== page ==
GM said Friday that it is working with Ventec Life Systems to help increase production of respiratory care products such as ventilators that are needed by a growing number of hospitals as the COVID-19 pandemics spreads throughout the U.S.

    The partnership is part of, a coordinated effort of private companies to respond to COVId-19, a disease caused by coronavirus.

    Ventec will use GM’s logistics, purchasing and manufacturing expertise to build more ventilators. The companies did not provide further details such as when production might be able to ramp up or how many ventilators would be produced.

    GM Chairman and CEO Mary Barra said in a statement that GM is working closely with Ventec to rapidly scale up production.

    “We will continue to explore ways to help in this time of crisis,” Barra added.

    The need for ventilators is urgent as cases of COVID-19 pop up with increasing frequency as

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    How a strong telecommuting policy can benefit any organization

    If your employees are asking about telecommuting to work, you may find that a telecommuting policy helps make things clear to them. Here’s what you need to know.

    Image: Monkeybusinessimages/Getty Images/iStockphoto

    As workers look for better work-life balance and employers need to find talent to fill vital roles, telecommuting can accomplish both goals. More people are looking for the option of remote work when looking for a new job. Companies need developers, security experts, and devops professionals to lead digital transformation work and secure the enterprise. 

    SEE: TechRepublic Premium Telecommuting Policy (TechRepublic Premium)

    Several studies show that the trend toward telecommuting is not going away. In the 2019 State of Remote Work report, Owl Labs found that 24% of survey respondents would take a 10% pay cut to be able to telecommute.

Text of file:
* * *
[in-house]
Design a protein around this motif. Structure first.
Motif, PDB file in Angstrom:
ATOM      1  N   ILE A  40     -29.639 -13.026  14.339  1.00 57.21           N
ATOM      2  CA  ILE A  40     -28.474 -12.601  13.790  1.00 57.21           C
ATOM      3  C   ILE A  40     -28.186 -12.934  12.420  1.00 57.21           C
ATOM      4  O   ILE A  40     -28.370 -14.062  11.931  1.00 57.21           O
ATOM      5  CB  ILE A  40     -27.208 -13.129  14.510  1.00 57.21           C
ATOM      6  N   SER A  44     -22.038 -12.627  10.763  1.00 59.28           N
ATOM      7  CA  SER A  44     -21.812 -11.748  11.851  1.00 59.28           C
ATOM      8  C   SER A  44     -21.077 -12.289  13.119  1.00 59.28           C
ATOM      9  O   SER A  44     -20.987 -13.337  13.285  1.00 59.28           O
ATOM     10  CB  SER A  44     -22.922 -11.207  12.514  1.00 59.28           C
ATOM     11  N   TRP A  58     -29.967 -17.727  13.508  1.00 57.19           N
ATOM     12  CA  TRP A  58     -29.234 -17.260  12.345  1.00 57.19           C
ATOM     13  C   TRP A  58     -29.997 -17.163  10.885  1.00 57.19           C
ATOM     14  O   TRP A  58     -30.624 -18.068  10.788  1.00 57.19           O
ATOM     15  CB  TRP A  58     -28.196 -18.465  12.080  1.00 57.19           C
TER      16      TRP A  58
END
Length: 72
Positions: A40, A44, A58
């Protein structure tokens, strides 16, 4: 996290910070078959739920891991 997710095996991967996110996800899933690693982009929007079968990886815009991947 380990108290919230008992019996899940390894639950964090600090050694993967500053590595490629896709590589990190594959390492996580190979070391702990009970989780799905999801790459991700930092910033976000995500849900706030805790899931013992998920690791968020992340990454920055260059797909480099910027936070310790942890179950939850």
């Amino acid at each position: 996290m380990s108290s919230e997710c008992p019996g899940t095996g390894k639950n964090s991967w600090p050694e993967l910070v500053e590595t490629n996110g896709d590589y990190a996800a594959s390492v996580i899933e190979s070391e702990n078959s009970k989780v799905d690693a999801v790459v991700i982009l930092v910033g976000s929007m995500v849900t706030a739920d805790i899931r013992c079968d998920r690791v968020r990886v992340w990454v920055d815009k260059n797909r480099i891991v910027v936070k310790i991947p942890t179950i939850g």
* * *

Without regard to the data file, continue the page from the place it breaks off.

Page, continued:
Owl Labs also found that workers who work remotely some of the time are happier, feel more trusted,

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    Scientists suggest governments build a mobile tracking app to trace people exposed to coronavirus

    The scientists want to use a mobile app to help governments track, test and isolate people exposed to COVID-19.

    8 ways tech pros are helping healthcare providers cope with coronavirus
    Free telehealth toolkits, childcare calculators, and symptom screeners are a few of the tools and services now available to ease the burden on hospitals and doctors during the COVID-19 outbreak.

    Three researchers at the University of Oxford want to build an app to serve as a control center for coping with the
    . The app could do everything from sharing information about the coronavirus to tracking contact with other people to testing and even food delivery.

    This approach could replace contact tracing, a tactic that has helped several Asian countries control the outbreak in their communities. The app also could build herd immunity more quickly, which could reduce the impact of the virus.

    In a blog post on the